People find love in the most unique places. Perhaps all it takes, sometimes, is to take a different road than you normally would and see where it leads.
Just ask couple Jessie Rix and Anthony Butler, a pair of marathon runners who found their soulmates (each other) while competing—but there is a twist to the story, which is: that Anthony is blind.
Jessie had spent years competing in distance races solo, but in 2016 decided that she wanted to give back to her community at the same time by helping athletes with disabilities.
She discovered Achilles International, whose mission it is to help disabled athletes participate in “mainstream athletics” by partnering them up with individuals and groups that will help them succeed.
That’s where she met Anthony, with whom she paired up with to guide him through races.
Anthony, 30, had been a bystander when he was wounded in a shooting a decade prior and lost his vision as a result.
“I didn’t know what to do. You know, I just lost my confidence,” he admitted of the encounter, which had been random but no less traumatizing than a targeted attack. “I got hit in my face, so I wasn’t sure how I looked. I wasn’t sure if I was ever going to be able to attract a woman or not.”
Devastated by his loss of sight, he turned to running as a way to heal—but before he knew it, his new running guide was helping him heal in her own way.
The pair would spend up to 12 hours a week together training for races, which they explained, is a deeply personal bonding experience.
“[Running is] a very intimate sport,” Butler said. “I mean, you get to trust people. And me being blind, I have to have trust in that person guiding me and making sure I don’t hurt myself. So that’s why there’s so much giving and receiving between both parties.”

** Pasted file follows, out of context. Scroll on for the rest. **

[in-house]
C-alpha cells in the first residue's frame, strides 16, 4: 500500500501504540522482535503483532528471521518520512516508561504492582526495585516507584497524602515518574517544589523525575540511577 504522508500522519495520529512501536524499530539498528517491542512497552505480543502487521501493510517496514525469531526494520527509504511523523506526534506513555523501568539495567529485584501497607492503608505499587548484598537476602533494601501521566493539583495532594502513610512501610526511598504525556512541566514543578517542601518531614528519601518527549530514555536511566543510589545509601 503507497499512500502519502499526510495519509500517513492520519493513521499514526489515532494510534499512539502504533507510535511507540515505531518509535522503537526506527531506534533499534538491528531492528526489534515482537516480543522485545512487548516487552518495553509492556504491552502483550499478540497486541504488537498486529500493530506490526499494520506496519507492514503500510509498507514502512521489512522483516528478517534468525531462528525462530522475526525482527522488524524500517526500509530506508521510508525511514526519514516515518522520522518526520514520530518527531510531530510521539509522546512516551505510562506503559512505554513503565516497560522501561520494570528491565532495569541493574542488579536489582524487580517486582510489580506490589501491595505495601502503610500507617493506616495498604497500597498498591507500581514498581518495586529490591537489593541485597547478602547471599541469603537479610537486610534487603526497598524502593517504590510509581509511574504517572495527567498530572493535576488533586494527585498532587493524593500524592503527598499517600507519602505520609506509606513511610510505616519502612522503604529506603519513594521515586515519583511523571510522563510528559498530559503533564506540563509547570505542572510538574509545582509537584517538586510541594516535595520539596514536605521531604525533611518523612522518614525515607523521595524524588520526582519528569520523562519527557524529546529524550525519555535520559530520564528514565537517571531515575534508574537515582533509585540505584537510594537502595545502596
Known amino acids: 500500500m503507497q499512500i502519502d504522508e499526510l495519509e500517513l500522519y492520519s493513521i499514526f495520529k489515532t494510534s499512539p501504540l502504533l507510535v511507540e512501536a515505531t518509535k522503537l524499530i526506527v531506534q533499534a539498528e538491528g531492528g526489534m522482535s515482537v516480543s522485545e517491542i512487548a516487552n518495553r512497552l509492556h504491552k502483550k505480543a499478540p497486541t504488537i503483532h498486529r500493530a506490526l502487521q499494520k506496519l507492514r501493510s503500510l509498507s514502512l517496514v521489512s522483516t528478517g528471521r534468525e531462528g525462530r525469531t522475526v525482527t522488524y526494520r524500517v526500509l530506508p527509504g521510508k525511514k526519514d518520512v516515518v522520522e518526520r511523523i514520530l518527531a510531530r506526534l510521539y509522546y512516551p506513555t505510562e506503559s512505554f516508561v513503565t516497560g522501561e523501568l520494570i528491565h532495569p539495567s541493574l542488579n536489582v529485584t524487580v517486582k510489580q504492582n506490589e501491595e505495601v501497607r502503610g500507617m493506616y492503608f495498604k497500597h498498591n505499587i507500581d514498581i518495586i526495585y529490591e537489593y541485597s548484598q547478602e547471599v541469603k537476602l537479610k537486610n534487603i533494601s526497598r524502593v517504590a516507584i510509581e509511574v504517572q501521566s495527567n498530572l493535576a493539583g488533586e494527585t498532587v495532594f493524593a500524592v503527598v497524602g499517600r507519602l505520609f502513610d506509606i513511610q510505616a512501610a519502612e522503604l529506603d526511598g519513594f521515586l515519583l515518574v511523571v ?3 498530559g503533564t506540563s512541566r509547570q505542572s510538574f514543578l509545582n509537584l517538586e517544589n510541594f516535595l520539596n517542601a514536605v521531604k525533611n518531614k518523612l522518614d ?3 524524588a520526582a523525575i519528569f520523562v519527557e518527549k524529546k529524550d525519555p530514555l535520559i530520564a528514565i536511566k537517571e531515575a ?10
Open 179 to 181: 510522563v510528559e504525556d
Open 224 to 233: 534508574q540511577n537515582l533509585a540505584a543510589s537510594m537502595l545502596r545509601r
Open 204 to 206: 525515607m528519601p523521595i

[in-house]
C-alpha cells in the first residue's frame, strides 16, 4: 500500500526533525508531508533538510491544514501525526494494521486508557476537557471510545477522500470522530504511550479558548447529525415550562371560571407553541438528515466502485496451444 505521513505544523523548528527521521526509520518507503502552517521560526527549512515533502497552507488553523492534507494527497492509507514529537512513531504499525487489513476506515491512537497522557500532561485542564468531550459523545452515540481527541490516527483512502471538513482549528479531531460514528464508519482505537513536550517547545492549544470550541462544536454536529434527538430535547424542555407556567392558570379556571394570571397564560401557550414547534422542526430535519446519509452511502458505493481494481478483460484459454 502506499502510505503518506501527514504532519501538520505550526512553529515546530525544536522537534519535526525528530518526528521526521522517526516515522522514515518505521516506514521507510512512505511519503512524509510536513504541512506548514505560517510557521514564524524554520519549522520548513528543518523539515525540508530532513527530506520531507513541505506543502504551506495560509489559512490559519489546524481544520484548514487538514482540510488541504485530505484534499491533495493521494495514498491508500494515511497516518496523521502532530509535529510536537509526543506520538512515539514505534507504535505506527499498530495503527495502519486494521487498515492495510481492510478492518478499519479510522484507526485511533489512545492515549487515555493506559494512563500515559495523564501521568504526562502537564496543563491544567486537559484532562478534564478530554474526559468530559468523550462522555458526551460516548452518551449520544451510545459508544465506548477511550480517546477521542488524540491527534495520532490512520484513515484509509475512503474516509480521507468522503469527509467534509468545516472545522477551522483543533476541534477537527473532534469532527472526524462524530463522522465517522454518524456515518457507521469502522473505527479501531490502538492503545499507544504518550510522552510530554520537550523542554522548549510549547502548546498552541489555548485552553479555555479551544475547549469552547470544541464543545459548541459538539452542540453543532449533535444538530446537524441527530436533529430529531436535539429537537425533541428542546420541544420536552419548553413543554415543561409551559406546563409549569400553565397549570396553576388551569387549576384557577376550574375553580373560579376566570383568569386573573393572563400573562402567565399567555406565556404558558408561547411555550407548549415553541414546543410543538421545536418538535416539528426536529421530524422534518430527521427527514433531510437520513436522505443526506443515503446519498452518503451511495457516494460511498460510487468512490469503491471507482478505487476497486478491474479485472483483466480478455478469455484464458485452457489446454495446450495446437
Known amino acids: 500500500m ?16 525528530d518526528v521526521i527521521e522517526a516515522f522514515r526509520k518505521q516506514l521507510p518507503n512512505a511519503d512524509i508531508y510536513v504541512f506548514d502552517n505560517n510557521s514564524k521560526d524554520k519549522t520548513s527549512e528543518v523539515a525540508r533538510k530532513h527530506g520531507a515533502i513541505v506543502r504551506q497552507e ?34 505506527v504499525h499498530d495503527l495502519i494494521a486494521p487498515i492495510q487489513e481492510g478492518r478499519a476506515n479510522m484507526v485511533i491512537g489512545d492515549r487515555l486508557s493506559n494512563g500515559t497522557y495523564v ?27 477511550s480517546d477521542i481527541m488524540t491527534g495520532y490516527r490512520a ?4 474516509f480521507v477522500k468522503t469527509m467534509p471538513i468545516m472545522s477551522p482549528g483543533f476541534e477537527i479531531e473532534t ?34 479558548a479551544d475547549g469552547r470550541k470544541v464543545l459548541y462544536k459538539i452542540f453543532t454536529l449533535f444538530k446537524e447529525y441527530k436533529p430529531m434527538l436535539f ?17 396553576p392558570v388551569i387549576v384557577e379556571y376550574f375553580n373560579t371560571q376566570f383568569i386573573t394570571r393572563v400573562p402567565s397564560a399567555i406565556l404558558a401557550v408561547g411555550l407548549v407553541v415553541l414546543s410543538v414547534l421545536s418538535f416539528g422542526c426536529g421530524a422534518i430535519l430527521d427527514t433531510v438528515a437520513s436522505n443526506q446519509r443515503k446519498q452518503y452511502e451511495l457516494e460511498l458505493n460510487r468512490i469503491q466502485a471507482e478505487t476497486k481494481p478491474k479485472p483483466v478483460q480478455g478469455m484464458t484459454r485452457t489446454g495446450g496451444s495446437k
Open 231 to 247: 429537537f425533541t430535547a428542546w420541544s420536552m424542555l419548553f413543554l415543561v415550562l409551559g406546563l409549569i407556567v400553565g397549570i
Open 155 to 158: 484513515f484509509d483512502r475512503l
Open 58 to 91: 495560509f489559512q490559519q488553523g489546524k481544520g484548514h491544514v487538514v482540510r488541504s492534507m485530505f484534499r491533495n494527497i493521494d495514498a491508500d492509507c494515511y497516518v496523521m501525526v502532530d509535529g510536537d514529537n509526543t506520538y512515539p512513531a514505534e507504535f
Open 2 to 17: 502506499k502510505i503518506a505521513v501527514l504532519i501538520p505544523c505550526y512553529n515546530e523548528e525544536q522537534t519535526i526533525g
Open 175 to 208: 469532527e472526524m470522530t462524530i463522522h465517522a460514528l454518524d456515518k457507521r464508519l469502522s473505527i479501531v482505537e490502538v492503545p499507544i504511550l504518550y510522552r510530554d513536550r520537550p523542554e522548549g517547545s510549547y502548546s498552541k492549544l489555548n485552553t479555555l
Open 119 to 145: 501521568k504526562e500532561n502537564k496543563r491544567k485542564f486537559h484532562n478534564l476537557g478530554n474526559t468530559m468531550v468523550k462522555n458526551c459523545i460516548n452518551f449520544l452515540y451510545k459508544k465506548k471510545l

“When you’re training for a marathon, you’re spending probably 12 hours a week with someone … so you’re there for a lot, like when someone loses their job or when someone gets out of a relationship, or someone’s just having a hard day. While they’re running, which is a release, they’re also venting to you, their companion.”
Jessie realized that Anthony, whom she had described upon their meeting as “the funnest person there,” was someone that she enjoyed spending time with beyond running. That’s when their love started to blossom; as they worked towards the ultimate goal of running a marathon together, they started forging a relationship that had nothing to do with pounding the pavement.
In addition to the amount of physical training that goes into distance running, there’s a psychological aspect as well. Runners have to overcome mental hurdles as they reach walls in their mileage, and anyone running with a partner has that person’s mental hurdles to push through as well.
For both runners, though, there’s an added connection—literally. The pair compete while attached using a short lede on their wrists, which helps Jessie guide Anthony on the course and enables her to gently navigate him around any obstacles he might encounter before the finish line.
It’s an arduous sport, but the pair have little in the way of negative reviews to discuss. They both talk of nothing but the positive connection they’ve forged, which led them to complete the New York Marathon together in their hometown this August.
“If you don’t put yourself out there, you don’t know what you’re missing,” Jessie explained, encouraging others to take risks that could have similarly positive outcomes. “I just went out on a Tuesday to go volunteer and go for a run. [Anthony] did the same thing … You really don’t know, just by saying yes to something, what that’s gonna do for your future.”